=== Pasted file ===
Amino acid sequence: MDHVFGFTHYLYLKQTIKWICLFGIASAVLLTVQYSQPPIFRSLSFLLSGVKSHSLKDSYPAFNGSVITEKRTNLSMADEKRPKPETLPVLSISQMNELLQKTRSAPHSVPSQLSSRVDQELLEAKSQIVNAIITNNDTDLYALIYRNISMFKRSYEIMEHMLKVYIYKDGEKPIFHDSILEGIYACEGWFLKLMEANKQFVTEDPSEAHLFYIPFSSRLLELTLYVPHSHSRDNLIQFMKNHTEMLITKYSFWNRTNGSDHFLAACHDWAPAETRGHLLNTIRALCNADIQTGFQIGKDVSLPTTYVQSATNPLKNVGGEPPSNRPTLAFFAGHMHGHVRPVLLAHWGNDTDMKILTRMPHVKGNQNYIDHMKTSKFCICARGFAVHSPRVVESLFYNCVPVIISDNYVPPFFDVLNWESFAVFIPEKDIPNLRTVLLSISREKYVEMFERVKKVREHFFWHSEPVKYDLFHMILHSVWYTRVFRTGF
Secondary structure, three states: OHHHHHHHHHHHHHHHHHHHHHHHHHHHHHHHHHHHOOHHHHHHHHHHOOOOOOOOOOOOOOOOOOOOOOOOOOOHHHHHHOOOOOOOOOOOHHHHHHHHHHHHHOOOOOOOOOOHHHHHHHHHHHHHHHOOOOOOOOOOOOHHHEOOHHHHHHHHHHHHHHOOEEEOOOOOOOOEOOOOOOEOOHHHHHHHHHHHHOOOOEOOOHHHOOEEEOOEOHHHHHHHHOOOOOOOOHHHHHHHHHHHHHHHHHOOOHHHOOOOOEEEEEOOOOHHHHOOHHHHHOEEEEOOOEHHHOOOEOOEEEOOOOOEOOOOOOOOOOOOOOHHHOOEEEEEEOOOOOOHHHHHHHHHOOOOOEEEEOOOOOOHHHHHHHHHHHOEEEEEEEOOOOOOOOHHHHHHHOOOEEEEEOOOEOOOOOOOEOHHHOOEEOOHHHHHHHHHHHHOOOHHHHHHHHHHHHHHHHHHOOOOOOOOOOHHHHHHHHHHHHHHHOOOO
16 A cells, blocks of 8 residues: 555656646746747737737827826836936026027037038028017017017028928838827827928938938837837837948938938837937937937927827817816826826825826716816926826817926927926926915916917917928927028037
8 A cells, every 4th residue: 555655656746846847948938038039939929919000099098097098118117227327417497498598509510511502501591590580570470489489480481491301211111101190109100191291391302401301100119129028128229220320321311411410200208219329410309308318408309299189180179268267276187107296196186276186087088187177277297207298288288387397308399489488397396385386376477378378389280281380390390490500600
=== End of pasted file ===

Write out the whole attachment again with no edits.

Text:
Amino acid sequence: MDHVFGFTHYLYLKQTIKWICLFGIASAVLLTVQYSQPPIFRSLSFLLSGVKSHSLKDSYPAFNGSVITEKRTNLSMADEKRPKPETLPVLSISQMNELLQKTRSAPHSVPSQLSSRVDQELLEAKSQIVNAIITNNDTDLYALIYRNISMFKRSYEIMEHMLKVYIYKDGEKPIFHDSILEGIYACEGWFLKLMEANKQFVTEDPSEAHLFYIPFSSRLLELTLYVPHSHSRDNLIQFMKNHTEMLITKYSFWNRTNGSDHFLAACHDWAPAETRGHLLNTIRALCNADIQTGFQIGKDVSLPTTYVQSATNPLKNVGGEPPSNRPTLAFFAGHMHGHVRPVLLAHWGNDTDMKILTRMPHVKGNQNYIDHMKTSKFCICARGFAVHSPRVVESLFYNCVPVIISDNYVPPFFDVLNWESFAVFIPEKDIPNLRTVLLSISREKYVEMFERVKKVREHFFWHSEPVKYDLFHMILHSVWYTRVFRTGF
Secondary structure, three states: OHHHHHHHHHHHHHHHHHHHHHHHHHHHHHHHHHHHOOHHHHHHHHHHOOOOOOOOOOOOOOOOOOOOOOOOOOOHHHHHHOOOOOOOOOOOHHHHHHHHHHHHHOOOOOOOOOOHHHHHHHHHHHHHHHOOOOOOOOOOOOHHHEOOHHHHHHHHHHHHHHOOEEEOOOOOOOOEOOOOOOEOOHHHHHHHHHHHHOOOOEOOOHHHOOEEEOOEOHHHHHHHHOOOOOOOOHHHHHHHHHHHHHHHHHOOOHHHOOOOOEEEEEOOOOHHHHOOHHHHHOEEEEOOOEHHHOOOEOOEEEOOOOOEOOOOOOOOOOOOOOHHHOOEEEEEEOOOOOOHHHHHHHHHOOOOOEEEEOOOOOOHHHHHHHHHHHOEEEEEEEOOOOOOOOHHHHHHHOOOEEEEEOOOEOOOOOOOEOHHHOOEEOOHHHHHHHHHHHHOOOHHHHHHHHHHHHHHHHHHOOOOOOOOOOHHHHHHHHHHHHHHHOOOO
16 A cells, blocks of 8 residues: 555656646746747737737827826836936026027037038028017017017028928838827827928938938837837837948938938837937937937927827817816826826825826716816926826817926927926926915916917917928927028037
8 A cells, every 4th residue: 555655656746846847948938038039939929919000099098097098118117227327417497498598509510511502501591590580570470489489480481491301211111101190109100191291391302401301100119129028128229220320321311411410200208219329410309308318408309299189180179268267276187107296196186276186087088187177277297207298288288387397308399489488397396385386376477378378389280281380390390490500600